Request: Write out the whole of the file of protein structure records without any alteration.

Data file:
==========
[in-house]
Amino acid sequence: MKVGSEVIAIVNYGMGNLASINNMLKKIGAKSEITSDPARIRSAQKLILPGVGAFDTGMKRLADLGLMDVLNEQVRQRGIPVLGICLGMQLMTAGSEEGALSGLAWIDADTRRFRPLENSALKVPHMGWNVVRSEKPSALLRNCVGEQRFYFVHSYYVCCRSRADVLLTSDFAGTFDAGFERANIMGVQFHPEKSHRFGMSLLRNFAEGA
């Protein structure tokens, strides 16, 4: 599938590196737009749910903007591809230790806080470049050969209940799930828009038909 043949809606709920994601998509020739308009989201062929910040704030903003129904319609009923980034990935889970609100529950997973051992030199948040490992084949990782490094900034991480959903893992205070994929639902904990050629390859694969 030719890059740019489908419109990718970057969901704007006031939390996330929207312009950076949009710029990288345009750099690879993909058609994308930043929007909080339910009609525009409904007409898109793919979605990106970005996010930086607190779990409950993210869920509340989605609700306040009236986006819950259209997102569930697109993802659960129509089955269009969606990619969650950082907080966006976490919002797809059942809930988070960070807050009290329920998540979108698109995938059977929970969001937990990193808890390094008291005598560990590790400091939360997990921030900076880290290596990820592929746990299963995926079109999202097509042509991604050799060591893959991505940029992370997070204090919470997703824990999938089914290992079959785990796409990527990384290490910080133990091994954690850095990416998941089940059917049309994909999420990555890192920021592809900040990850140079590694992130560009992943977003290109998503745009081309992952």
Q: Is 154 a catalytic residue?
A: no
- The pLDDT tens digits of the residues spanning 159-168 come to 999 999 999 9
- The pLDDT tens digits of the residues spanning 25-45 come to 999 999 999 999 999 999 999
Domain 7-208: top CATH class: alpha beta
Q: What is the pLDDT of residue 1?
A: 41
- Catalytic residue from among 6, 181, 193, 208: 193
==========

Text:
[in-house]
Amino acid sequence: MKVGSEVIAIVNYGMGNLASINNMLKKIGAKSEITSDPARIRSAQKLILPGVGAFDTGMKRLADLGLMDVLNEQVRQRGIPVLGICLGMQLMTAGSEEGALSGLAWIDADTRRFRPLENSALKVPHMGWNVVRSEKPSALLRNCVGEQRFYFVHSYYVCCRSRADVLLTSDFAGTFDAGFERANIMGVQFHPEKSHRFGMSLLRNFAEGA
């Protein structure tokens, strides 16, 4: 599938590196737009749910903007591809230790806080470049050969209940799930828009038909 043949809606709920994601998509020739308009989201062929910040704030903003129904319609009923980034990935889970609100529950997973051992030199948040490992084949990782490094900034991480959903893992205070994929639902904990050629390859694969 030719890059740019489908419109990718970057969901704007006031939390996330929207312009950076949009710029990288345009750099690879993909058609994308930043929007909080339910009609525009409904007409898109793919979605990106970005996010930086607190779990409950993210869920509340989605609700306040009236986006819950259209997102569930697109993802659960129509089955269009969606990619969650950082907080966006976490919002797809059942809930988070960070807050009290329920998540979108698109995938059977929970969001937990990193808890390094008291005598560990590790400091939360997990921030900076880290290596990820592929746990299963995926079109999202097509042509991604050799060591893959991505940029992370997070204090919470997703824990999938089914290992079959785990796409990527990384290490910080133990091994954690850095990416998941089940059917049309994909999420990555890192920021592809900040990850140079590694992130560009992943977003290109998503745009081309992952």
Q: Is 154 a catalytic residue?
A: no
- The pLDDT tens digits of the residues spanning 159-168 come to 999 999 999 9
- The pLDDT tens digits of the residues spanning 25-45 come to 999 999 999 999 999 999 999
Domain 7-208: top CATH class: alpha beta
Q: What is the pLDDT of residue 1?
A: 41
- Catalytic residue from among 6, 181, 193, 208: 193